Thursday, April 25, 2013

Handy GIMP shortcuts

I use the GIMP for my work, and I've found that these are the keyboard shortcuts that I use the most. Use them as combos! Try adding ctrl and shift to more tools and see what you get!

Start-up Stuff:

  • Ctrl+1 (,2,3,4,5) = Open the first document in document history (the most recent document you worked on) –or the second-most recent, or the third, and so on up to 9.
  • Ctrl+O = Open
  • Ctrl+S = Save
  • Ctrl+Shift+S = Save as... (aka “Save a copy”)
  • Ctrl+D = Duplicate the current image into a new file
  • Ctrl+E = Export
  • Ctrl+Shift+E = Export to a different file name
  • Ctrl+N = New document
  • Ctrl+Shift+N = New Layer


  • N = Pencil
  • P = Paintbrush
  • X = Switch BG and FG colors
  • O = eyedropper (color-picker)
  • Ctrl while using pencil or paintbrush = eyedropper
  • Shift+E = Eraser
  • Shift+B = Fill Bucket
  • [ = Shrink brush size
  • ] = Increase brush size


  • Ctrl+C = Copy
  • Ctrl+X = Cut
  • Ctrl+V= Paste (but then you have to Anchor it—by mouse-click or by the button underneath the layers)
  • Page Up = Move up a layer
  • Page Down = Move down a layer


  • Ctrl+A = Select all 
  • R = Rectangle (and E = Ellipse but I rarely use it)
  • U = Magic Wand (select a contiguous section)
  • Shift+O = Select by color (VERY handy!)
  • F = Free-hand select (lasso)
  • While using ANY selection tool:
    • Shift = add to selection
    • Ctrl = subtract from selection
    • Ctrl+Shift = Intersect with current selection (in other words: “only select inside what is already selected”—helpful for fine-tuning selections by color, for example)
    • Ctrl+I = invert selection


  • + = Zoom in
  • - = Zoom out
  • Space Bar(+mouse move) = Move around the image
  • 1 = 100% view

Monday, April 22, 2013


(WARNING: I am not a professional. This post is just to talk about my method of thinking about or doing things, kind of inspired by this amazing blog.)


After my pencils are all set up, I ink in the order I learned from this fine artist:
  1. letters
  2. balloons
  3. panel borders
  4. everything else
It's the "everything else" I want to write about. To start with I do a rough pencil.

 Then, once the words, bubbles, and panel outlines are finished I go over the things that are farthest in the foreground. In this case, it's that adorable little girl-thing from my very own comic, Precious Metal.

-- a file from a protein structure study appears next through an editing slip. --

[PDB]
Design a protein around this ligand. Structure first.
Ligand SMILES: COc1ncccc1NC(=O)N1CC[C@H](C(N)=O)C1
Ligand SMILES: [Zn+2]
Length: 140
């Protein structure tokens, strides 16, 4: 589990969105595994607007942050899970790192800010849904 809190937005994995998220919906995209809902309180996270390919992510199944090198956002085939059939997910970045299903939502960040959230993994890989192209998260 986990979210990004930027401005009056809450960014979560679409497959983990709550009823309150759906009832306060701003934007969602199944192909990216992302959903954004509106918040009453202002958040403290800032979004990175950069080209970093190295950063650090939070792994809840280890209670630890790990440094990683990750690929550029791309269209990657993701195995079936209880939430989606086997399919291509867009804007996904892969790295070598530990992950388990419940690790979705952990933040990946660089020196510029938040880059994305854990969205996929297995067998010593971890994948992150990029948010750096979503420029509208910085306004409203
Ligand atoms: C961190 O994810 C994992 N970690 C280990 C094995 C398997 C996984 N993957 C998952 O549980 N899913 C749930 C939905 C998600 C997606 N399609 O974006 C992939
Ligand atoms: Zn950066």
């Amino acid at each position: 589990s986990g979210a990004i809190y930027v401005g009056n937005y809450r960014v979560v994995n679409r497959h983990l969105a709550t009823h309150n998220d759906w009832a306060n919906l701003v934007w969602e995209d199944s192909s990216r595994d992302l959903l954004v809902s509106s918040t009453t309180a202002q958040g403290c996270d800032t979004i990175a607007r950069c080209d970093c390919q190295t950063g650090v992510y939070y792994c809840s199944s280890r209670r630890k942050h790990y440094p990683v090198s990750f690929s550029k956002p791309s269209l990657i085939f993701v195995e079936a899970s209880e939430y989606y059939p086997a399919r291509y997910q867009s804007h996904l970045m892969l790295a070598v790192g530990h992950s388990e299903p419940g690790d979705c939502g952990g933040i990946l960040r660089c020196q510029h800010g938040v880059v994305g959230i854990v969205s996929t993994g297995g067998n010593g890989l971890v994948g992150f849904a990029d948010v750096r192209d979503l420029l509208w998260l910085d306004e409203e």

I usually try to make the outline thicker than the internal lines. Here I used a computer-pen width of 10.00, but on paper I'd probably use my 08 (and then go over it later with brush pen if it needs a little bit more thickness).

And here I continue with Hubert.
When I ink, one of the main things I focus on is getting correct overlap.


is one of the tools an artist can use to show depth. It can either be convincing...
...Or not.

 It makes a big difference! Pay attention to it!

One of the other things I really focus on is tangents.


however, are something to be avoided.
See how the original pencils had the line of the barrel aimed straight for the little point where that guy's fingers come together? One of the red tick marks shows an alternate solution to that problem by bringing the line for the bottom of the barrel up higher, to the middle of the pointer finger rather than right in between the two fingers.

Why so picky? Tangents DESTROY depth--they are just about the opposite of overlap. I get really OCD about them (I have found myself moving the windows on my computer screen around so that they don't tangent each other :P) but they are dangerous.
They can turn a round drawing into a flat one very easily.
So, paying attention to those two things, I go from big to small, out to in, making whatever adjustments I need to along the way.

Inks will ALWAYS look different from the pencil drawings. 

That's just the way it is. Use this to your advantage!
You can do things like making an expression stronger.

There are other fine-tuning adjustments you can make, but most of all be happy with what jumps out of your pen.It can be easy to pine for pencils, but be excited about your inks. They need love, too, even if they weren't exactly what you expected. Have fun with the surprises!

Add fine details until you like what you have.

Then use BLACK.

It can accentuate a character (or cover up mistakes, haha)...

...but it is also often very dramatic. I outline the area I want black, even when I'm working on paper. (I fill the empty spaces in later on the computer to save the ink in my pens. :P) I also fix mistakes on the computer--and rest assured, I make a lot--but even on paper, there's always whiteout, so don't worry if you don't get it exactly right. You can also always try again. Don't be afraid to mess up! Sometimes your mistakes will even make something look better!
If you're really frustrated get up and stop looking at your work for a little while. Then go back later with  fresh eye. You'll find that most of it isn't as "bad" as you thought it was. :)

Anyway, here it is:

The Finished Product!

 Good luck inking!